The influence of Middle Eastern music on the hymnography of the Church is incalculable. Many of those who established the form of the Church’s music were Syrians: two noted examples are St Romanos and St John of Damascus, who composed the Octoechos, the Pascha service, and the Funeral Service. Their music was in turn modeled on the music of the Hebrew temple. The Byzantine musical tradition has descended without break from the music sung in Christ’s time, and presumably by Christ Himself.
Our Holy Father Gregory the Choirmaster (Domestikos) of the Great Lavra (1355)
He was a cantor at the Great Lavra on Mt Athos. Once, on the eve of Theophany, he was inspired to sing the hymn O full of grace, thou who art the joy of all creation instead of the usual It is truly meet to bless thee during the Divine Liturgy. When he did this, the most holy Theotokos appeared to him, thanked him and gave him a gold coin as a sign of her favor. The coin is still kept at the Lavra. He reposed in peace. St Gregory’s hymn has been sung since that time as part of the Divine Liturgy of St Basil.
Saint Remigius, Bishop of Rheims, Apostle to the Franks (533)
He was born in 438 in northern Gaul. After devoting himself for awhile to secular and sacred learning, he withdrew to a small house near Laon, to live in reclusion and prayer. But when a bishop was needed in Rheims, the clergy and people carried him off from his hermitage and made him their bishop. He was only twenty-two years old at the time.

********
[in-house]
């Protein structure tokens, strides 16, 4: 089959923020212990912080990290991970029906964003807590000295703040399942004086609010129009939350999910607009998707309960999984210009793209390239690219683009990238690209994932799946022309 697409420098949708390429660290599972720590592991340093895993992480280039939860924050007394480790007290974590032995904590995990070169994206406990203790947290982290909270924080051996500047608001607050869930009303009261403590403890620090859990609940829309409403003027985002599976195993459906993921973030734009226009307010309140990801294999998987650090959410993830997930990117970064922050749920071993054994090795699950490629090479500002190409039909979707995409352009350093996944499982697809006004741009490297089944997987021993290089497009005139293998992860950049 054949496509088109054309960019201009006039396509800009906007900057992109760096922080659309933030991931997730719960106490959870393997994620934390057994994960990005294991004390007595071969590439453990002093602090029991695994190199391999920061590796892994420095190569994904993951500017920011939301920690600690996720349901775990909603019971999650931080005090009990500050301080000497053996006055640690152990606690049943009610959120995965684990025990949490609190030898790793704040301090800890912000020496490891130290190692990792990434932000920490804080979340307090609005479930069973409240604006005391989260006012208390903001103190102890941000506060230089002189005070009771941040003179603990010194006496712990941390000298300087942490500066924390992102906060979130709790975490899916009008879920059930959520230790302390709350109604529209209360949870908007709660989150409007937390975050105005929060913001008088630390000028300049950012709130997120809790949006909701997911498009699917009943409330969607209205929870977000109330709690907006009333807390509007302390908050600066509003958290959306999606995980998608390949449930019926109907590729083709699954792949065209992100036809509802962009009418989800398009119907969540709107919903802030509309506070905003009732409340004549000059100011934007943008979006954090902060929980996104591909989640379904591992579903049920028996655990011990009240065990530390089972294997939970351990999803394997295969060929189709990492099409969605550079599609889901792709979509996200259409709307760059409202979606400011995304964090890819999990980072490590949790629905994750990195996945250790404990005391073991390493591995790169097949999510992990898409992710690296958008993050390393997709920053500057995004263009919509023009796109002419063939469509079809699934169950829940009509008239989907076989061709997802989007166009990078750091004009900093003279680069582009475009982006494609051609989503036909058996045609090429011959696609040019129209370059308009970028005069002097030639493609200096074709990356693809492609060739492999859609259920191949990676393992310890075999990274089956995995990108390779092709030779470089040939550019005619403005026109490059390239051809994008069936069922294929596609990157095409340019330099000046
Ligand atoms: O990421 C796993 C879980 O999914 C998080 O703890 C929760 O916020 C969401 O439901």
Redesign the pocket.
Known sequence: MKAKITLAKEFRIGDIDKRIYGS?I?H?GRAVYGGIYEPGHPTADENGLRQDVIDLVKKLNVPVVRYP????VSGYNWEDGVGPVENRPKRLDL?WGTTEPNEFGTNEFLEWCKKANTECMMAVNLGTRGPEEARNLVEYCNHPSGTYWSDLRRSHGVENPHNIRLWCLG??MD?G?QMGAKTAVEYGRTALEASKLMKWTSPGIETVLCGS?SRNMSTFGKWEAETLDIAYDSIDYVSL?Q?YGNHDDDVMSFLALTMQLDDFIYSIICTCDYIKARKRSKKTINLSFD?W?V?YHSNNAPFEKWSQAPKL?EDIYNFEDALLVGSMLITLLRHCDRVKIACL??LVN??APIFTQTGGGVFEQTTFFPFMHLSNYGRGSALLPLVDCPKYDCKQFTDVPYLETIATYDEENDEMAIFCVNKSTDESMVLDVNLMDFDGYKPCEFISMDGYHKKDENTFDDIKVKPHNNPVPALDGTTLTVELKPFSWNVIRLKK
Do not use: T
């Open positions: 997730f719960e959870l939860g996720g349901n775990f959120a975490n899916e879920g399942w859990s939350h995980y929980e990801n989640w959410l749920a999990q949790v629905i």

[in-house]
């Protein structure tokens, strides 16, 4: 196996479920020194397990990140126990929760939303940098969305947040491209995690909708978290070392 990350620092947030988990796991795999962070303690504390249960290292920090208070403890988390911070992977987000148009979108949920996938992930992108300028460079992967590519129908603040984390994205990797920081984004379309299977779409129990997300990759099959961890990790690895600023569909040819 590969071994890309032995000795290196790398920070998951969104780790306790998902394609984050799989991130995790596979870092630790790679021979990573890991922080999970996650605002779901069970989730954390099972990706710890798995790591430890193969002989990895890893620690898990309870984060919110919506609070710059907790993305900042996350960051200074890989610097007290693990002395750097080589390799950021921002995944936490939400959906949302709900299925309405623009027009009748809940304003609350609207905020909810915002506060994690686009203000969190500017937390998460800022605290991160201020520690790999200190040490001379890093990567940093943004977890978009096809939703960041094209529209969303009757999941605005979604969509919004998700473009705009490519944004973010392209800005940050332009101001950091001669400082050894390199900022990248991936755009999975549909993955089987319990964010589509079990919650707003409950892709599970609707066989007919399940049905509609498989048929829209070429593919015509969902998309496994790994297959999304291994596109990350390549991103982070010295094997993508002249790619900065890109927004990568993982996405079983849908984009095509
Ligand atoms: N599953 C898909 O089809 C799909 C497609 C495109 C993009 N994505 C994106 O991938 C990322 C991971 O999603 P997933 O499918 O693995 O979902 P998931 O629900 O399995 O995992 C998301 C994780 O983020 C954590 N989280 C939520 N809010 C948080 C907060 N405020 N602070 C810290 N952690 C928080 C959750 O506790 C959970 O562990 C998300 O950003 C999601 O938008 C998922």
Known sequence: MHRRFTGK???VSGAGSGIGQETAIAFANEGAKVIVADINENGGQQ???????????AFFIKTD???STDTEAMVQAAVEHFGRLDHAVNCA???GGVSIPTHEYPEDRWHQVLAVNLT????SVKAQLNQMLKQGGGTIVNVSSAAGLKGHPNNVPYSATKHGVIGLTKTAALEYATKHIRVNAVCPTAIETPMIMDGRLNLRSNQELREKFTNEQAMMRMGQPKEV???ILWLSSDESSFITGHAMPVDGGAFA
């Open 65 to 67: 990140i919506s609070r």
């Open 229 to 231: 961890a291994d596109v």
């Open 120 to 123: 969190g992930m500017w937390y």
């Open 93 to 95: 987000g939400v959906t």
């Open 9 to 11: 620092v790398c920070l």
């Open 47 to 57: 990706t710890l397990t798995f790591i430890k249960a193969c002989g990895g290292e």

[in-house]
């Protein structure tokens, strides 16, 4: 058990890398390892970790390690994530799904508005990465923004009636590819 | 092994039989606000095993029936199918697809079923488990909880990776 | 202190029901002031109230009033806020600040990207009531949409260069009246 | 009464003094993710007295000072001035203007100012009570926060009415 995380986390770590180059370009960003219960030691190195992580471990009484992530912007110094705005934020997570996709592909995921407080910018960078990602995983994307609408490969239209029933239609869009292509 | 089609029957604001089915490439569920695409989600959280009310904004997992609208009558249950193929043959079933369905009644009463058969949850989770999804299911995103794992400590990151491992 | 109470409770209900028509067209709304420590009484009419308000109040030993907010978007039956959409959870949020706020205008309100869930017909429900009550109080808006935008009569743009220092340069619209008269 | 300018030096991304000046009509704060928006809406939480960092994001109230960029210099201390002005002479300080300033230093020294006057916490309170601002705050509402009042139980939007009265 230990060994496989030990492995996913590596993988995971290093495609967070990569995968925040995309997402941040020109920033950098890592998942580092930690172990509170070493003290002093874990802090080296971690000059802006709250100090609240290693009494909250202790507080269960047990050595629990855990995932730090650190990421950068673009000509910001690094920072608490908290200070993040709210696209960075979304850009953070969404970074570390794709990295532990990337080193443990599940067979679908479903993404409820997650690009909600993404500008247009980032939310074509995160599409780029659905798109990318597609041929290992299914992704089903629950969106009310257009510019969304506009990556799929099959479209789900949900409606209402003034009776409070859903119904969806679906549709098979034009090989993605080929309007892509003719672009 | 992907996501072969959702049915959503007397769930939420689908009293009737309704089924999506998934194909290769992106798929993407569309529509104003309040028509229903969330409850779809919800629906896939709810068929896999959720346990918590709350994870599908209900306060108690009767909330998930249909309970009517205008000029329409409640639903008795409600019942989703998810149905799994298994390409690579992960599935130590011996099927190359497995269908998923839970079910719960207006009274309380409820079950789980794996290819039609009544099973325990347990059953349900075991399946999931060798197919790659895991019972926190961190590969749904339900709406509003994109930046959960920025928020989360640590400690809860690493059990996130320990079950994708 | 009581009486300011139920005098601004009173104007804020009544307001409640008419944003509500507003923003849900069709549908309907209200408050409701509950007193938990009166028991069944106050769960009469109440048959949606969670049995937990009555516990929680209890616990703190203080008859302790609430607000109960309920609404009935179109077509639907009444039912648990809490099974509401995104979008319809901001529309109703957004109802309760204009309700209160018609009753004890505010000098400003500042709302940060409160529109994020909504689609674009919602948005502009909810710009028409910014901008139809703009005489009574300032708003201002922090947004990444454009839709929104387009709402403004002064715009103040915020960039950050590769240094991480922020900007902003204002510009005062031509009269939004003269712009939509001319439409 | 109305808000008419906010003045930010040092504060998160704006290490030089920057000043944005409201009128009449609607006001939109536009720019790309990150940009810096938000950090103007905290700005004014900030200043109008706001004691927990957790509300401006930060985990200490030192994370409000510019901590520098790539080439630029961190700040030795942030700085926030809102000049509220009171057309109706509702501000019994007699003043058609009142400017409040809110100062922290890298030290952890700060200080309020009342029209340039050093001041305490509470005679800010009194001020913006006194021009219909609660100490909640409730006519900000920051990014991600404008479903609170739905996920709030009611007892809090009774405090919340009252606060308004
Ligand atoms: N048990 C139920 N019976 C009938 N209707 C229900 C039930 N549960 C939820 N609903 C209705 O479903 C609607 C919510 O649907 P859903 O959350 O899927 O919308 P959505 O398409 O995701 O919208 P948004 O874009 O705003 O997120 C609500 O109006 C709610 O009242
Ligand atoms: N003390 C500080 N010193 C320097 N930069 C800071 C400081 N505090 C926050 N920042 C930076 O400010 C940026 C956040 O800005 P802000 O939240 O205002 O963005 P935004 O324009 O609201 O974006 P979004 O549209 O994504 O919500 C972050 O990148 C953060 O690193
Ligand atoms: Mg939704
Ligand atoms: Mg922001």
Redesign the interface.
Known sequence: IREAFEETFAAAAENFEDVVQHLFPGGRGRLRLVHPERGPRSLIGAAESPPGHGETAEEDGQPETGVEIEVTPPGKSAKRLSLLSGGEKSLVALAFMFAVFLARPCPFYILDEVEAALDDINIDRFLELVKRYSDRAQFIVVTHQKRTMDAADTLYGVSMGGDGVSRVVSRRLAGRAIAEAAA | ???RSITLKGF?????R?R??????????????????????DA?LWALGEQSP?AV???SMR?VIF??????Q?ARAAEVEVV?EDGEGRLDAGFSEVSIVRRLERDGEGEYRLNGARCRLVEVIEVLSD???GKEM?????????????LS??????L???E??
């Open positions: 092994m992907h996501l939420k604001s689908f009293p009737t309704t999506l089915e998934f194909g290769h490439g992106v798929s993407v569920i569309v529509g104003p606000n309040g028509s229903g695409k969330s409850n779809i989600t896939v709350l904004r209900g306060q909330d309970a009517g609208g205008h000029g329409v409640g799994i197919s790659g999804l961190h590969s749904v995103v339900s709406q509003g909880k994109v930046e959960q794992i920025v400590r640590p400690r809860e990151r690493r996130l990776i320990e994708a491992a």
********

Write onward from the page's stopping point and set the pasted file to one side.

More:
The holy bishop soon became renowned throughout northern Gaul. He converted heretics, brought Arian heretics back to the Orthodox Faith, and cared for the many who suffered at the hands of barbarian marauders. Wherever he went, miracles attended him. He healed the sick and demonized and once, when a town was on fire, threw himself into the flames and quenched them. Birds would come to his table whenever he ate, and he would share his meal with them.
In 482 the young warrior Clovis became leader of the Frankish tribes in that region. Though he was a pagan, he knew and admired St Remigius, and was married to a Christian, St Clotilde (June 3). Once, when his army faced defeat by the Alemanii, Clovis prayed to ‘the God of Clotilde and Remigius’ and won a great victory. This answer to his prayers convinced him of the truth of the Christian Faith, and he asked St Remigius to instruct him. Two years later he gathered all his chieftains in Rheims to attend his baptism. The baptism was accompanied by many miracles, seen by all in attendance. Two of the king’s sisters and three thousand of his lords and soldiers were baptized at the ceremony. This event is considered the birth of France as a Christian nation.
In great old age, St Remigius went blind, but miraculously recovered his sight. He reposed in peace at the age of 105, immediately after serving the Divine Liturgy.